3. Add chicken stock and tomatoes and season with salt and pepper. Return chicken to pan, skin side up, and bring to a simmer. (If you had to brown your chicken in batches, you will probably also have to stack the chicken pieces. Just make sure the top ones don’t get too dry — I like to spoon some of the sauce over them, which makes the skin too soft to eat, but I’d rather have that than dry chicken.) Cover partially and cook over moderate heat for 60-90 minutes, until chicken is cooked (insert a knife to test for doneness) and sauce is noticeably reduced.

Serve with any wide, flat noodles — pappardelle or tagliatelle would be lovely, but plain old egg noodles are good too. Just don’t buy Shure-Fine. They have kind of a weird texture. Not that I would know.

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Adventures in Lexington

May 6, 2010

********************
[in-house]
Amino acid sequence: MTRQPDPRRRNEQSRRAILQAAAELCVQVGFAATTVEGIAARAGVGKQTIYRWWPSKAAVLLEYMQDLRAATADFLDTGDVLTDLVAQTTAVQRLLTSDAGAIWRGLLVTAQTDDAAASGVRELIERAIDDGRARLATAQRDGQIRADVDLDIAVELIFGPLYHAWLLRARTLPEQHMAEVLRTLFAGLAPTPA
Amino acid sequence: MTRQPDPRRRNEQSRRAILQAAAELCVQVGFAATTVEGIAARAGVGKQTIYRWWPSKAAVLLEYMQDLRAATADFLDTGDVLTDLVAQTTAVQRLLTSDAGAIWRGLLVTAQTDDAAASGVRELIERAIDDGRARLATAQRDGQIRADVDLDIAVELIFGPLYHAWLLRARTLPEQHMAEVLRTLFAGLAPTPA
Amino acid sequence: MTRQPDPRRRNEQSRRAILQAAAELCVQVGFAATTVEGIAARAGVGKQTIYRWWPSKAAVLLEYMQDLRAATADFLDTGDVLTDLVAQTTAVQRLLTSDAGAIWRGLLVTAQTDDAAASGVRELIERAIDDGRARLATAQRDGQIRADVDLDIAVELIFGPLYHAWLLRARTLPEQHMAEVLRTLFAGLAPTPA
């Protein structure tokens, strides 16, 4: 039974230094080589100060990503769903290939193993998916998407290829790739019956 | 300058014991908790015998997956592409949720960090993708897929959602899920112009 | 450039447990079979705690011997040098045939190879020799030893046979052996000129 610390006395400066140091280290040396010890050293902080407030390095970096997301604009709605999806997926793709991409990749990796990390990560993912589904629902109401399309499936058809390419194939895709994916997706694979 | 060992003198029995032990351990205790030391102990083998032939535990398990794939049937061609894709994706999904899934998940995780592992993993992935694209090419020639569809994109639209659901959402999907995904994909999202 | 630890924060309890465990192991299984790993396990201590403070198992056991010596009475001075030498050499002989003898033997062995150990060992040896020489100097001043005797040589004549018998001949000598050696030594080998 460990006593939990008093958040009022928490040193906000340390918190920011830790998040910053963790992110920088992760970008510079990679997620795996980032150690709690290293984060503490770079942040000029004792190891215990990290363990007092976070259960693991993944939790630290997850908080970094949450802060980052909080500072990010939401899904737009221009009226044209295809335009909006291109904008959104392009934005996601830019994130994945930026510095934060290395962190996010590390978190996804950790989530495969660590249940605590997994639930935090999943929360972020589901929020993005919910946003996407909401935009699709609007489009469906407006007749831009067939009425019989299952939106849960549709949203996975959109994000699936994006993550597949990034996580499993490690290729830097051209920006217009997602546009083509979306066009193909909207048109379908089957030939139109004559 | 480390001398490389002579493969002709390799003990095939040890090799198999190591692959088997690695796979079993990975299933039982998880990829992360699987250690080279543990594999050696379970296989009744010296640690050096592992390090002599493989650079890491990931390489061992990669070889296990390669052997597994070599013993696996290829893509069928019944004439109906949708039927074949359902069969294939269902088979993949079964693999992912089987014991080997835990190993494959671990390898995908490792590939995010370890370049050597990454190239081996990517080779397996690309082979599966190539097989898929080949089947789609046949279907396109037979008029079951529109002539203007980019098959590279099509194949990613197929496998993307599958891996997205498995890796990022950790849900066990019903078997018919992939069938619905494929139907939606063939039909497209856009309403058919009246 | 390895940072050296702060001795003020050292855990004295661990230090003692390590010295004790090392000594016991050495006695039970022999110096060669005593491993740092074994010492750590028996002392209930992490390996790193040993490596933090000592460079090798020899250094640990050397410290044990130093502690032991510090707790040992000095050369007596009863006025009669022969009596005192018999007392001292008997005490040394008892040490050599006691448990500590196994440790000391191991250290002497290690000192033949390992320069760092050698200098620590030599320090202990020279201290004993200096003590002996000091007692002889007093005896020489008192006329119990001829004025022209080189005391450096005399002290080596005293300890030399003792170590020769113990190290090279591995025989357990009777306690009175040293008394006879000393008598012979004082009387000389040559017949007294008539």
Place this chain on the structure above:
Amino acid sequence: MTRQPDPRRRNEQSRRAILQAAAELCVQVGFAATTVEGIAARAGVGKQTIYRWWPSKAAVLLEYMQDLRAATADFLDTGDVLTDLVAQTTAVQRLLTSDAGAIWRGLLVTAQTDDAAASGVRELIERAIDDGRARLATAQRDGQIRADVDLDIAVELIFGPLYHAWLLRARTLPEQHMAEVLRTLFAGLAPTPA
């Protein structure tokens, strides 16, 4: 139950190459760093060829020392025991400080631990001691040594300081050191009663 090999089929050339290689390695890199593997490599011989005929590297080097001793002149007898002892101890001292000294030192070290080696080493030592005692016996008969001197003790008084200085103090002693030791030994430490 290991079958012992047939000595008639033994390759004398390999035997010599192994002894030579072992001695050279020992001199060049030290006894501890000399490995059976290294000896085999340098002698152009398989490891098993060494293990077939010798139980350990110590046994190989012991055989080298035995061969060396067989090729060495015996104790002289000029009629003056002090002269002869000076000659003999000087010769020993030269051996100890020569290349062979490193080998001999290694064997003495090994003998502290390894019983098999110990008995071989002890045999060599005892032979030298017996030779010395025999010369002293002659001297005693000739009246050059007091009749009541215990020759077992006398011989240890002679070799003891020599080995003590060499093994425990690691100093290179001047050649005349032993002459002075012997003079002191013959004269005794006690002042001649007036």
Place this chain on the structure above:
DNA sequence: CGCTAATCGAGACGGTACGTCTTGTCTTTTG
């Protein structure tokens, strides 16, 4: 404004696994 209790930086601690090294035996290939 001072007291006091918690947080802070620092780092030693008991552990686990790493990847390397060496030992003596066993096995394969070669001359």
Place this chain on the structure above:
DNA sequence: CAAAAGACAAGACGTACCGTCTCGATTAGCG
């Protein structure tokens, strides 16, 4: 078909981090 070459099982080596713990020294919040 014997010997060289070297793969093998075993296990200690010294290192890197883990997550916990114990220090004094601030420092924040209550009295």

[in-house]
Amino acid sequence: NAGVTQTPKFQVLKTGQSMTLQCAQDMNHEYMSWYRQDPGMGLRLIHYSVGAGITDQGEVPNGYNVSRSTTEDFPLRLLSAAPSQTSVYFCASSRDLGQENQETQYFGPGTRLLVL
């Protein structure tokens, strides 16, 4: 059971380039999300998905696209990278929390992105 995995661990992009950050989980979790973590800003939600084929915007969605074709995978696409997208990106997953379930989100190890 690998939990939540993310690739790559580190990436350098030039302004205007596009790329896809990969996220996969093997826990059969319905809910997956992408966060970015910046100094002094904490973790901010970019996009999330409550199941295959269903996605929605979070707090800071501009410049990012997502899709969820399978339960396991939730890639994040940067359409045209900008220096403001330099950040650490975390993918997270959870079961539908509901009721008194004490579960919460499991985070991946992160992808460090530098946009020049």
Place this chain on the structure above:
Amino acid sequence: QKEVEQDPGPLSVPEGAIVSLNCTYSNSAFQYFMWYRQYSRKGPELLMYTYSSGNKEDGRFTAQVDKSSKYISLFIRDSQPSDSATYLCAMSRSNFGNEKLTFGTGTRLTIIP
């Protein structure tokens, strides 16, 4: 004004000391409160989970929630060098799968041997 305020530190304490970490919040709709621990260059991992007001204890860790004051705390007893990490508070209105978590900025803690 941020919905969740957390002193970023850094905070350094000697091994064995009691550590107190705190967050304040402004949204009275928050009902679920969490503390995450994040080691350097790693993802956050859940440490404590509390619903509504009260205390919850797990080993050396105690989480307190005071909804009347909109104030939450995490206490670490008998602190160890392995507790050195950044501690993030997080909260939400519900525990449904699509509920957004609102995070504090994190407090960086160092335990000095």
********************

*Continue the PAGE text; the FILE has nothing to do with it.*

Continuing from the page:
Not that anyone’s keeping track, but it’s been a few days since I’ve posted, and I’ve been feeling oddly anxious about not having the time to sit down and write anything. Thursday I was gloriously, happily busy, but Friday I wasted a lot of time quietly freaking out about a tick bite (more on that later), and Friday night through Sunday afternoon were spent almost entirely in the service of musical theater, since City of Angels closed Saturday and then I had a five-hour music rehearsal for Rent, which opens in less than two weeks. And the usual days of teaching and more rehearsals, and being grouchy about the lack of clean water (a water main burst west of Boston, leaving some 30 communities without drinkable tap water for two days). So now I’m catching up.